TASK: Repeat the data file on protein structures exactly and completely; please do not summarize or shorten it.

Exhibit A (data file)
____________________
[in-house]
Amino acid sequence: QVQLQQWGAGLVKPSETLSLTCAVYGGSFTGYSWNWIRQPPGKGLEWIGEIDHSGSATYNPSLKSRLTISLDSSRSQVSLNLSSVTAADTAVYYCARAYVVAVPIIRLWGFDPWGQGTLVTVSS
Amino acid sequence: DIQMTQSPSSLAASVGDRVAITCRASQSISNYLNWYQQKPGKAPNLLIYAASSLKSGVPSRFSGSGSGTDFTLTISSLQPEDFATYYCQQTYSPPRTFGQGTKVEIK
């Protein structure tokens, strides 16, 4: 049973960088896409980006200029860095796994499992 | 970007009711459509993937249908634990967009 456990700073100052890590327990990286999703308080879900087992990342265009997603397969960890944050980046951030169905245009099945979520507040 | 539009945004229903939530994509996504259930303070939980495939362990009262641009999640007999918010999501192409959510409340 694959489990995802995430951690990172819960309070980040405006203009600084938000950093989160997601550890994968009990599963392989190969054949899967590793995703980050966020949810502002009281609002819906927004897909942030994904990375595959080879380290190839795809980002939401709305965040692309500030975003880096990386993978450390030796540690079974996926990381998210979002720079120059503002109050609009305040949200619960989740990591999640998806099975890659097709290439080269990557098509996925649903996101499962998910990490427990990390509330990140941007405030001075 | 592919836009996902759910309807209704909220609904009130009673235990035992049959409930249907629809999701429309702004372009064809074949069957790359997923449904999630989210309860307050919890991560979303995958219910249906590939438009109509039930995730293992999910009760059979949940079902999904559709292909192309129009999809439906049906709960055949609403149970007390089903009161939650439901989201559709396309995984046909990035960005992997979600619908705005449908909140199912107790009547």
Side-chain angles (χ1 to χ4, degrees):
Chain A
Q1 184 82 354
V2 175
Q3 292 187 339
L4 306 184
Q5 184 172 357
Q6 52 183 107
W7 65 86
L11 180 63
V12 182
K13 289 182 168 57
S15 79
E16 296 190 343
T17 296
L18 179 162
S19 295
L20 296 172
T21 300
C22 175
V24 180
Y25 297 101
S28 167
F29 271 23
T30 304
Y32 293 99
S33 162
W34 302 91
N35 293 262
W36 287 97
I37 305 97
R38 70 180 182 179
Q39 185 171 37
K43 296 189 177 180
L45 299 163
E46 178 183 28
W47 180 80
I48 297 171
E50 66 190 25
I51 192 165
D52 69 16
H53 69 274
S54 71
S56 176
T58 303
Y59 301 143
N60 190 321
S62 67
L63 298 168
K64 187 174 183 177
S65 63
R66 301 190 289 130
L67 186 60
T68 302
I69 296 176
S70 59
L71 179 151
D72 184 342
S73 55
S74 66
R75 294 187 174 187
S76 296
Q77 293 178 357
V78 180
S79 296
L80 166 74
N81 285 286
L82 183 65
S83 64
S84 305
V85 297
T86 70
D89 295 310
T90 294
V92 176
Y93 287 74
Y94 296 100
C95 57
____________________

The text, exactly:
[in-house]
Amino acid sequence: QVQLQQWGAGLVKPSETLSLTCAVYGGSFTGYSWNWIRQPPGKGLEWIGEIDHSGSATYNPSLKSRLTISLDSSRSQVSLNLSSVTAADTAVYYCARAYVVAVPIIRLWGFDPWGQGTLVTVSS
Amino acid sequence: DIQMTQSPSSLAASVGDRVAITCRASQSISNYLNWYQQKPGKAPNLLIYAASSLKSGVPSRFSGSGSGTDFTLTISSLQPEDFATYYCQQTYSPPRTFGQGTKVEIK
């Protein structure tokens, strides 16, 4: 049973960088896409980006200029860095796994499992 | 970007009711459509993937249908634990967009 456990700073100052890590327990990286999703308080879900087992990342265009997603397969960890944050980046951030169905245009099945979520507040 | 539009945004229903939530994509996504259930303070939980495939362990009262641009999640007999918010999501192409959510409340 694959489990995802995430951690990172819960309070980040405006203009600084938000950093989160997601550890994968009990599963392989190969054949899967590793995703980050966020949810502002009281609002819906927004897909942030994904990375595959080879380290190839795809980002939401709305965040692309500030975003880096990386993978450390030796540690079974996926990381998210979002720079120059503002109050609009305040949200619960989740990591999640998806099975890659097709290439080269990557098509996925649903996101499962998910990490427990990390509330990140941007405030001075 | 592919836009996902759910309807209704909220609904009130009673235990035992049959409930249907629809999701429309702004372009064809074949069957790359997923449904999630989210309860307050919890991560979303995958219910249906590939438009109509039930995730293992999910009760059979949940079902999904559709292909192309129009999809439906049906709960055949609403149970007390089903009161939650439901989201559709396309995984046909990035960005992997979600619908705005449908909140199912107790009547």
Side-chain angles (χ1 to χ4, degrees):
Chain A
Q1 184 82 354
V2 175
Q3 292 187 339
L4 306 184
Q5 184 172 357
Q6 52 183 107
W7 65 86
L11 180 63
V12 182
K13 289 182 168 57
S15 79
E16 296 190 343
T17 296
L18 179 162
S19 295
L20 296 172
T21 300
C22 175
V24 180
Y25 297 101
S28 167
F29 271 23
T30 304
Y32 293 99
S33 162
W34 302 91
N35 293 262
W36 287 97
I37 305 97
R38 70 180 182 179
Q39 185 171 37
K43 296 189 177 180
L45 299 163
E46 178 183 28
W47 180 80
I48 297 171
E50 66 190 25
I51 192 165
D52 69 16
H53 69 274
S54 71
S56 176
T58 303
Y59 301 143
N60 190 321
S62 67
L63 298 168
K64 187 174 183 177
S65 63
R66 301 190 289 130
L67 186 60
T68 302
I69 296 176
S70 59
L71 179 151
D72 184 342
S73 55
S74 66
R75 294 187 174 187
S76 296
Q77 293 178 357
V78 180
S79 296
L80 166 74
N81 285 286
L82 183 65
S83 64
S84 305
V85 297
T86 70
D89 295 310
T90 294
V92 176
Y93 287 74
Y94 296 100
C95 57